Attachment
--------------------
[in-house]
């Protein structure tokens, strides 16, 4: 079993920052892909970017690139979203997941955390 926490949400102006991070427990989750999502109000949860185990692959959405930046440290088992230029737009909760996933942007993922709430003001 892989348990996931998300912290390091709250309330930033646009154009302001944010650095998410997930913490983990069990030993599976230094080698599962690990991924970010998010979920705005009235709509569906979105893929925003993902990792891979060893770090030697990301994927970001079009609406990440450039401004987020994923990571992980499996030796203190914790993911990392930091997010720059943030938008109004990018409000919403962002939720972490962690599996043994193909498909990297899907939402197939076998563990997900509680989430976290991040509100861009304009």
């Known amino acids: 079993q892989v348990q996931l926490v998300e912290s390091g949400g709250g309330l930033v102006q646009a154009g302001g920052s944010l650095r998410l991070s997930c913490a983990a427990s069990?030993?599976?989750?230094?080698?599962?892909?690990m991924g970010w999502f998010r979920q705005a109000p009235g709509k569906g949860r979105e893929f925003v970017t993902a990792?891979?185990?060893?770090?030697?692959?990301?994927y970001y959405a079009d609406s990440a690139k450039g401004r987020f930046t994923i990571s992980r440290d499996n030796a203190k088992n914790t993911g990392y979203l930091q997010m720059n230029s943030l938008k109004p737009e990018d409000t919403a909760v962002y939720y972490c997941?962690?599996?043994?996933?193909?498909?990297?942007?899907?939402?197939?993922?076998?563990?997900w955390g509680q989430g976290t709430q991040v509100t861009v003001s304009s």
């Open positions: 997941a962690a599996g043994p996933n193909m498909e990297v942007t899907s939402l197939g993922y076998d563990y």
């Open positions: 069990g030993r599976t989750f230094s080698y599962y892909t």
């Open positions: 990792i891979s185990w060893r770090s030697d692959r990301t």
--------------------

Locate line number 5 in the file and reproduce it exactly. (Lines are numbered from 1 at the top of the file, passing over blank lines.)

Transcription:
């Open positions: 069990g030993r599976t989750f230094s080698y599962y892909t």